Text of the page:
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What No One Tells You About Travelling Alone

Posted: December 11, 2014

Everybody tells you that travelling alone is one sure-fire way to discover yourself. It’s not all that peachy, but it’s still very worth it, says this post.

There are a lot of things that people will tell you about travelling, especially about travelling alone. I agree with most of them. For instance, it gives you new perspective, makes you stronger, and introduces you to a whole new self. However, what they will not tell you often is that the first time you travel alone and find yourself in your favourite city, there is a good chance that you will be burying your face in a pillow with a cup of hot cocoa and tears. Been there, done that.

This year was magical. I got to travel to DC, New York, and London, and for most parts, I was alone. Travelling alone for the first time is difficult. It is more difficult because the maturity that “alone” is not “lonely” only comes with time. After giving my parents an inspiring speech about how I was a grown-up who could take care of herself, I found myself lost, alone, and completely terrified while I was travelling between Connecticut and Washington DC, because I had gotten down at the wrong station and  had no idea where in the world I was.

I was annoyed, because I always believed that travelling alone would be about wearing ridiculously sexy shoes, living the night life, or going through life-changing experiences all the time. I believed that I would love each and every minute from day one. In reality, I spent a ridiculous amount of time asking the guy at Starbucks to slow down when he talks, because I could not understand a word of what he was saying. I spent so much time wondering who I could ask to click a picture of me, because I did not know anyone. I realized that I am very awkward at sitting at a pub all by myself and ordering a bottle of beer; it just wasn’t my thing.

Yet, I grew up gradually, and fell in love with the beauty of travelling with oneself.

I met a woman who barely spoke any English but kept me company on a long train journey in the USA. I made friends with a cupcake lady who started referring to me as the girl who wears “pretty Indian shirts” and I even managed to have a conversation with a homeless poet.
I got used to people calling me “Nadia” because my name was too difficult for them to pronounce and eventually, the Starbucks guy learnt to say “caramel” in a way that it did not sound like Latin to me.

Travelling alone is romantic, but you also need to remember that sometimes it is not as romantic as everyone tells you it is.

Travelling alone is romantic, but you also need to remember that sometimes it is not as romantic as everyone tells you it is. I got lost in the middle of nowhere without a phone and with a travel card that didn’t work. I watched a man snatch my bag and run away in broad daylight, and all I could think of was how this whole travelling alone thing was a bad, bad idea.

A man in Dubai asked me how much I would charge to be his “companion” and scared the living hell out of me. I also discovered that you need to say “without meat” and that they don’t make burgers that are magically vegetarian.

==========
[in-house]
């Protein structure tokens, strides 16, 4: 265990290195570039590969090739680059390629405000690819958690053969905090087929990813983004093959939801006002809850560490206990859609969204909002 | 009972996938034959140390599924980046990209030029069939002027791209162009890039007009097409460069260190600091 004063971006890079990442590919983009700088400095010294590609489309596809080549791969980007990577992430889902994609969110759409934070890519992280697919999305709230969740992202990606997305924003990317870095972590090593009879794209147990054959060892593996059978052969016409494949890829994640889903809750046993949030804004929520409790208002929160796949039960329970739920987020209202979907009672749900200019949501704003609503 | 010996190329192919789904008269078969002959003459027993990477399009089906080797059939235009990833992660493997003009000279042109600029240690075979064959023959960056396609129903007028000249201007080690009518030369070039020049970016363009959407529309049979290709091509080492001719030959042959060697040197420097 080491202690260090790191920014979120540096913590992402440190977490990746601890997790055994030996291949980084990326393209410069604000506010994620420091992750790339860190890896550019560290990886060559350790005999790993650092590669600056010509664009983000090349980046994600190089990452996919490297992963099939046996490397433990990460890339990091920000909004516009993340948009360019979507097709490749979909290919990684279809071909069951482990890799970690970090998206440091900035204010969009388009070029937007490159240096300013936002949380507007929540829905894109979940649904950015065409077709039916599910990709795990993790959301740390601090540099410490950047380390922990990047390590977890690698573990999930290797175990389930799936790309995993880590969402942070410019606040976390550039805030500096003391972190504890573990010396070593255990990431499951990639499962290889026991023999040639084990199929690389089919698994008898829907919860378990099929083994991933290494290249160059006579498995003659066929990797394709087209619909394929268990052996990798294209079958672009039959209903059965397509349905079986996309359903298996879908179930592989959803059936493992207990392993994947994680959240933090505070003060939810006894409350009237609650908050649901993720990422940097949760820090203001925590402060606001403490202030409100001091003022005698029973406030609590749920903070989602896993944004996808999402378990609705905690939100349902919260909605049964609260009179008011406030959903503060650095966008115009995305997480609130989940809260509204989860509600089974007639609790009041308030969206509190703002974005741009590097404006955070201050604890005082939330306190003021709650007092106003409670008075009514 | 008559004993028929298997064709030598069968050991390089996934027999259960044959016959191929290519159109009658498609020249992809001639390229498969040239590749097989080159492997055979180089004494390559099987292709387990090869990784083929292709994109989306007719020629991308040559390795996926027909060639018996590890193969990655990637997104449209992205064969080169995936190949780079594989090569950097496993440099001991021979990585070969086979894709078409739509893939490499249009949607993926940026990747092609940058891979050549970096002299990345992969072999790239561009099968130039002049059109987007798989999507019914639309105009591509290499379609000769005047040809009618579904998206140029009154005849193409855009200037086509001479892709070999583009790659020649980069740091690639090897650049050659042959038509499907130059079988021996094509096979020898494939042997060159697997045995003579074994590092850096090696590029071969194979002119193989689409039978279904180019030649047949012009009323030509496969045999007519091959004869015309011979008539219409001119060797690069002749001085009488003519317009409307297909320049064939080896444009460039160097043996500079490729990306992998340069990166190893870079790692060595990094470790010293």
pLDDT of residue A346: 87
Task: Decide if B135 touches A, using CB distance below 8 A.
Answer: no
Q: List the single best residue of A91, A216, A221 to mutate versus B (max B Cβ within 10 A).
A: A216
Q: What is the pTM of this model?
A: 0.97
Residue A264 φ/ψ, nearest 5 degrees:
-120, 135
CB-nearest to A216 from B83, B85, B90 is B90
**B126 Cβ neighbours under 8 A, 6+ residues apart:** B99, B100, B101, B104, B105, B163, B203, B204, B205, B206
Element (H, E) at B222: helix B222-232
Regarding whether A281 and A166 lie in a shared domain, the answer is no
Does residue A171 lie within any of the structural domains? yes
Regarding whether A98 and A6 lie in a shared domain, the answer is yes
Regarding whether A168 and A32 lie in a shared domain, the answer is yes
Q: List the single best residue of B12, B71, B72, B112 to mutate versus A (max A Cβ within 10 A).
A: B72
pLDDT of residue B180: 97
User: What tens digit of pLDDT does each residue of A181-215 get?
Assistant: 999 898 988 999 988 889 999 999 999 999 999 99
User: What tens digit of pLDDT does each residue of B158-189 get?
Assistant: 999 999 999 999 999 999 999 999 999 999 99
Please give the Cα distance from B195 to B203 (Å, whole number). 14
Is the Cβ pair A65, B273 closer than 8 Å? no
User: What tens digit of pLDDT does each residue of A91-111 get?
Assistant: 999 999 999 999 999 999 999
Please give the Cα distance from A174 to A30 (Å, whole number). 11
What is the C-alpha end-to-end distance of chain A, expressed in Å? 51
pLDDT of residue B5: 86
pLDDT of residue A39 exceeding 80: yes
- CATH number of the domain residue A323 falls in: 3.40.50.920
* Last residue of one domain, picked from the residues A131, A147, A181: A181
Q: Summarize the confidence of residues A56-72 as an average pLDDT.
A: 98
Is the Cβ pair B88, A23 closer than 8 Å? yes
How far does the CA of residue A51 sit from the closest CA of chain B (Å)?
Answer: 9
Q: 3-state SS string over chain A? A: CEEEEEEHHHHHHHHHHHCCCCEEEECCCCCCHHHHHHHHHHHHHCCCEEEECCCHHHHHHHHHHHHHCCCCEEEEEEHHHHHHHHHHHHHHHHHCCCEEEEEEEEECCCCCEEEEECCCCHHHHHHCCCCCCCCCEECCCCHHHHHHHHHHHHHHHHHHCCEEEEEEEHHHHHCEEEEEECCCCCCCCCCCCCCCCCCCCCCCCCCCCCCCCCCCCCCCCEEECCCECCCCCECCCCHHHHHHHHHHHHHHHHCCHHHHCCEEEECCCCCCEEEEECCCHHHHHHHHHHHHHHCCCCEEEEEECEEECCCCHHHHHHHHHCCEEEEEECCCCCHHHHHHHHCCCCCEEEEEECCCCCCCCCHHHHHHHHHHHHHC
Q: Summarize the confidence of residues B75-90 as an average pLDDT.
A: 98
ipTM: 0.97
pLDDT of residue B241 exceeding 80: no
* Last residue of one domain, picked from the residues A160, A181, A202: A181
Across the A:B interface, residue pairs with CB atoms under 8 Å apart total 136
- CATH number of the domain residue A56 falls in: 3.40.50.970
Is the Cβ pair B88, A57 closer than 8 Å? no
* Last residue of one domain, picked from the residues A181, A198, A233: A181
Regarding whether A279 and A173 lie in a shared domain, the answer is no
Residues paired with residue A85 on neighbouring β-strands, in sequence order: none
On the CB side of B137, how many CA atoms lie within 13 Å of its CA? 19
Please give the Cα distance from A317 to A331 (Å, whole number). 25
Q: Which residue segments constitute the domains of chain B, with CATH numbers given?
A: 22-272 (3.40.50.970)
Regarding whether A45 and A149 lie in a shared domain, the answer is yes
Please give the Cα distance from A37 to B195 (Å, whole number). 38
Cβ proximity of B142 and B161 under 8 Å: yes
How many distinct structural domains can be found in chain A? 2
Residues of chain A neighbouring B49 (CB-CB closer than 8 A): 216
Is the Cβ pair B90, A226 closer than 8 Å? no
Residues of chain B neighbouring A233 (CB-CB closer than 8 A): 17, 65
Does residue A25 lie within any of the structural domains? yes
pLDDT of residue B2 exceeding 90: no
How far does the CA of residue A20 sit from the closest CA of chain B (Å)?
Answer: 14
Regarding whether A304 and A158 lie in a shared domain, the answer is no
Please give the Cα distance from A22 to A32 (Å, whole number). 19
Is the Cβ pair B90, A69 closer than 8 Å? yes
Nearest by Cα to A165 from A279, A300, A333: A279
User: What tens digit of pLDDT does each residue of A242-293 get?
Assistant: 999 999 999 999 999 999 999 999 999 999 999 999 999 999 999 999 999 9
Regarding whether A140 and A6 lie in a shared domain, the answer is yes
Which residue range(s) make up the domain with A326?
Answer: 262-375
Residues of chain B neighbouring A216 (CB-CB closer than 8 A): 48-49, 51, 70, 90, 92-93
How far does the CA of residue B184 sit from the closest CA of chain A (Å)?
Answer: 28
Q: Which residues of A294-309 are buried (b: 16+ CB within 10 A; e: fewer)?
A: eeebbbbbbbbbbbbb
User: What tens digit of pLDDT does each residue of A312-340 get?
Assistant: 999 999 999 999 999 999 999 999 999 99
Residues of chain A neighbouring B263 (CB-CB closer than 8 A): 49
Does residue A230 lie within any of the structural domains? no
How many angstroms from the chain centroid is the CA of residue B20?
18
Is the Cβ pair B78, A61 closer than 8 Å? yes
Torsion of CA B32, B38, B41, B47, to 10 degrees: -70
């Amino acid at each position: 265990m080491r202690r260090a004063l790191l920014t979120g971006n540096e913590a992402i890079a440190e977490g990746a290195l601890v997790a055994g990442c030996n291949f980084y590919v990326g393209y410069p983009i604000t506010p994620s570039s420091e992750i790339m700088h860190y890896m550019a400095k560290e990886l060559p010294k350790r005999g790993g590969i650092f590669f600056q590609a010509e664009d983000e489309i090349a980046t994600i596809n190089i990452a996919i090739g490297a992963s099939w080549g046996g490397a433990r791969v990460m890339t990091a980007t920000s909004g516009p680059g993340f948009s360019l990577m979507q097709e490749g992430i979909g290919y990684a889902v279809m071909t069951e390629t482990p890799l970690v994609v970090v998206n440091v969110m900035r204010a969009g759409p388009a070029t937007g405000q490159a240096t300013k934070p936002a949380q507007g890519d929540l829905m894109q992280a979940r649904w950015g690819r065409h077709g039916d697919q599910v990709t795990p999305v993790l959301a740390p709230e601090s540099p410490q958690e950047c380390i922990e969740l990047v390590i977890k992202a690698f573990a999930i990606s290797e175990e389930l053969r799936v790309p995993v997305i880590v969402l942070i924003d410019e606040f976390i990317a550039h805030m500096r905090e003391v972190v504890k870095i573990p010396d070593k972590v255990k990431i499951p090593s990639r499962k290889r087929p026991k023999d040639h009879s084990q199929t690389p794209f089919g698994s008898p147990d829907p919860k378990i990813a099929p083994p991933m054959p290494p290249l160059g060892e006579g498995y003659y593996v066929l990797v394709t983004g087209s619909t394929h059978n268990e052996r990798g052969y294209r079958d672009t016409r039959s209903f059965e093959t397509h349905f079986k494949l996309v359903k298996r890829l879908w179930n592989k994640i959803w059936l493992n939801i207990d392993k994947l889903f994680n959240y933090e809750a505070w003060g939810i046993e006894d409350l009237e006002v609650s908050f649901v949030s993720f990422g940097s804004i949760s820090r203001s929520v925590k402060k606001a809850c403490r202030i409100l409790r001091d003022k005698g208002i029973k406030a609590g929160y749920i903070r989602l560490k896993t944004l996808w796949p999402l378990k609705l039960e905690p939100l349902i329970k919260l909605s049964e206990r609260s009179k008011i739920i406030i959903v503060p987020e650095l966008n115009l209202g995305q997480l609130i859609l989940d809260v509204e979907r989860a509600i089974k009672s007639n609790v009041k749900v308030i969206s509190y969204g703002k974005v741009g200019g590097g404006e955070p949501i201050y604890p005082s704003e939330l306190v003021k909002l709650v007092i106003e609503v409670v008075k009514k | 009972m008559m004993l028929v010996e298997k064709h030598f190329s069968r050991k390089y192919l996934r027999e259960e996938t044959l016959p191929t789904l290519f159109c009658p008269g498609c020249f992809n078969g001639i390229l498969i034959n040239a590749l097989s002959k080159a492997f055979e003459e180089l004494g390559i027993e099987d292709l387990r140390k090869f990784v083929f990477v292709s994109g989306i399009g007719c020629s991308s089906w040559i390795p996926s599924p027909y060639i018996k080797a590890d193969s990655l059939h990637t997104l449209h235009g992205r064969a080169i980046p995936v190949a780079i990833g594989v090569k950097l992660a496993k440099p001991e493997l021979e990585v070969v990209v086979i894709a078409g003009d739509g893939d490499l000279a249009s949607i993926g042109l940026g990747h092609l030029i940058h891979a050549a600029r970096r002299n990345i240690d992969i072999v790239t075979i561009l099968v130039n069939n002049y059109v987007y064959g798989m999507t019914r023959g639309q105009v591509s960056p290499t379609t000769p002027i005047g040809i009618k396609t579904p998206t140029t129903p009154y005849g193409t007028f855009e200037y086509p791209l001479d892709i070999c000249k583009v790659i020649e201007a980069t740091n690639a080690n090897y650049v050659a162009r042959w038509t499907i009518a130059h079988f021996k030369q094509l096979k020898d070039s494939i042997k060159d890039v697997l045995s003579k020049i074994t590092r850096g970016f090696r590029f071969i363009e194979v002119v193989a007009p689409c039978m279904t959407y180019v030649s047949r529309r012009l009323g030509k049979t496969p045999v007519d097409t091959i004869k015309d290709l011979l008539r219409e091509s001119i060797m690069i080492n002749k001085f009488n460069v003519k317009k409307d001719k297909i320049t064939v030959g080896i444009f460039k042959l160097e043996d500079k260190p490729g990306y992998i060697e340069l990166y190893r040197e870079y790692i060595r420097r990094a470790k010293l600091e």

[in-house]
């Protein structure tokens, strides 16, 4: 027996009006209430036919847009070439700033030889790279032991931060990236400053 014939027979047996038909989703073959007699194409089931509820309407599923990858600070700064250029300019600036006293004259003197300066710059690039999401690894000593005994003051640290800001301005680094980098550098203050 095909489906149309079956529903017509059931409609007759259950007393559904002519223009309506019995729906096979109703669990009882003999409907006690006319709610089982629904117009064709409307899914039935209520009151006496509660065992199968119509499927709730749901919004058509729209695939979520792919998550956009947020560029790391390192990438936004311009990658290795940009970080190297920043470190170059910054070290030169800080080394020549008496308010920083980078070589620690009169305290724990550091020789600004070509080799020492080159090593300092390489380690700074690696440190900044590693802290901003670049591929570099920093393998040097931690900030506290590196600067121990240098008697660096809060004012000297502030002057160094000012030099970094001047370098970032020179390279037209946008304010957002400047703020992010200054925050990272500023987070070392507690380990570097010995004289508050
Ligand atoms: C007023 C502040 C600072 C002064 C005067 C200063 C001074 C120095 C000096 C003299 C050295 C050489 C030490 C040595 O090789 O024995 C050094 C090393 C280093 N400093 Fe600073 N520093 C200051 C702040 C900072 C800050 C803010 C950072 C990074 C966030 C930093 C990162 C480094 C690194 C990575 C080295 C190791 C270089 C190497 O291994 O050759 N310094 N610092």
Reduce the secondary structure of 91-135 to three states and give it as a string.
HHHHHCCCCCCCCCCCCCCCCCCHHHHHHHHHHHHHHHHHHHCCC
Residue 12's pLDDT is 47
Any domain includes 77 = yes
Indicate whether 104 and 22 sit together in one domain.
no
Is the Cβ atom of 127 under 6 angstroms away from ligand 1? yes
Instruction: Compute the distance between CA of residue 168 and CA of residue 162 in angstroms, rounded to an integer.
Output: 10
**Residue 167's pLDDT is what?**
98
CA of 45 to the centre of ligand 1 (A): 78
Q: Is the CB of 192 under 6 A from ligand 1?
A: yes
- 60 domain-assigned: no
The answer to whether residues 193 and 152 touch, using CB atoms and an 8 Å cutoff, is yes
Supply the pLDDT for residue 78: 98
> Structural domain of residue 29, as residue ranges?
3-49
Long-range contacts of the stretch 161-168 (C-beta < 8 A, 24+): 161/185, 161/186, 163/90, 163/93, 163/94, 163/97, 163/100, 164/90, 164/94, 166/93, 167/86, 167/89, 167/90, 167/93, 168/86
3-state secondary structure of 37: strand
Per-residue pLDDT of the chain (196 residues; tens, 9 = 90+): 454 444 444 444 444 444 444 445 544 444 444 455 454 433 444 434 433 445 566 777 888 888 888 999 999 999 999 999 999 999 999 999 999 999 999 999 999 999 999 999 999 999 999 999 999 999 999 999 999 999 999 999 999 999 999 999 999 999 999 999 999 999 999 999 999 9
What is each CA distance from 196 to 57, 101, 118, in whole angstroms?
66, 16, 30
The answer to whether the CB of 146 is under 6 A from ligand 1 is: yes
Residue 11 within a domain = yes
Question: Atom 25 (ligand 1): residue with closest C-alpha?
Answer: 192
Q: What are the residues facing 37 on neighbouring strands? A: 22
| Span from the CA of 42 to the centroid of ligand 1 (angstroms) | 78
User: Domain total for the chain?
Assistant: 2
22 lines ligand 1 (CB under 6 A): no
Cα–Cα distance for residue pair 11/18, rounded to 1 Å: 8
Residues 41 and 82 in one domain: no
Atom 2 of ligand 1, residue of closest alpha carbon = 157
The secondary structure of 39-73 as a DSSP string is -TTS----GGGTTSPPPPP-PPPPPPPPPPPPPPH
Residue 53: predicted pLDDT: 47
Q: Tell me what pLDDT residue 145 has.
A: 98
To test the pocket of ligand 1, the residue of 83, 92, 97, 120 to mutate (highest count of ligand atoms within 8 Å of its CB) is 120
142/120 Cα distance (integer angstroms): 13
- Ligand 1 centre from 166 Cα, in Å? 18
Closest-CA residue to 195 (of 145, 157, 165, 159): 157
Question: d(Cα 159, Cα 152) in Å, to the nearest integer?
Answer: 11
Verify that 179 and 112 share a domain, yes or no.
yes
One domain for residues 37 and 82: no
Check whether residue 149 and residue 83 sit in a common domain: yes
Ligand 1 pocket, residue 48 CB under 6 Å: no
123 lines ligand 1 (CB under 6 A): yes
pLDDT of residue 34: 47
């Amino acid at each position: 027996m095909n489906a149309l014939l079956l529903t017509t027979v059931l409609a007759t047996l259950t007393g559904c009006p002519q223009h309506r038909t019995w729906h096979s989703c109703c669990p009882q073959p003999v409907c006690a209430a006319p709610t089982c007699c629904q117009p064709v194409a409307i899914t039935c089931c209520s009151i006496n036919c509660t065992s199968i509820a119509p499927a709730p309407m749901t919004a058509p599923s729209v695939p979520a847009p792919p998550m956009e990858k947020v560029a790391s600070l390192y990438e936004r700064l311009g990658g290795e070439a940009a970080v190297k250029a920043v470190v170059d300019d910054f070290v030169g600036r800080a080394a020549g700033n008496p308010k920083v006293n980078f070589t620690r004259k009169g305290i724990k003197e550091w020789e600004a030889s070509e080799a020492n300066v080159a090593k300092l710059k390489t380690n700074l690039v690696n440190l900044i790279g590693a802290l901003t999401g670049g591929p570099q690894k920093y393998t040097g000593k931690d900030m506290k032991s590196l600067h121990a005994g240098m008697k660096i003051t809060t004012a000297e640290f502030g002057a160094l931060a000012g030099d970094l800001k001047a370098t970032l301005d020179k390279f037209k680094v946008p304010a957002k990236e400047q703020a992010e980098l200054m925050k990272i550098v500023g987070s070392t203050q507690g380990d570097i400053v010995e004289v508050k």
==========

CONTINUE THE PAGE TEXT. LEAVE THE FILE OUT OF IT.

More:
But, I don’t remember all of that as much as much as I remember the good parts. It needs some getting used to, and once you cross the stage where you are whining about how every girl in London except you seems to be getting flowers, you actually start enjoying it. I remember falling in love besides the Thames River under the starlit skies, besides a beautiful footbridge and thinking “This is it!” The one thing that comes to my mind when someone says London is that “Love is in the air,” and believe me when I say that it is infectious too!

I remember seeing New York for the first time and feeling completely overwhelmed by it all. The sky-scrapers, the people who had no time for pesky tourists, and the quirky sense of unmatched street fashion.

There is the good, the bad, and sometimes, there is the downright ugly.

There is also the simply magical thing about travelling alone that will blow your mind and show you this world in shades that you never knew existed, which is why I believe that every person should take a trip alone. We usually bring back a souvenir or a piece of jewelry from wherever we travel to. But, while travelling alone, it is not what you bring back home, it is what you leave behind.

I not only left a piece of myself in these beautiful cities, but also left behind a truly petrified girl who could not read maps or eat a meal alone for someone who values the beauty of spending time with oneself!

Pic credit: Image of woman walking alone via Shutterstock.

Nandhitha Hariharan is a writer with a love for anything that is pretty or covered

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  1. Yeah this feels true when traveling as a solo girl ” you will be burying your face in a pillow with a cup of hot cocoa and tears.” and even cocoa wont necessarily be available at that point :D. I traveled to London, Casablanca (Morocco) and Uganda for studies and internships mainly for the purpose of traveling and not one city was spared where I didn’t cry but now few years after that when I look back I feel more than glad that I traveled. Oh yes and while traveling I found my Husband who is not an Indian and lets me travel when I want. So yeah even those tears are worth if one does decide to travel on her own 🙂

  2. Lovely article. 🙂 I have never traveled places alone sadly. 🙁
    I have always wanted to and I am hoping I shall someday and I know it takes a lot of courage to implement it. 🙂

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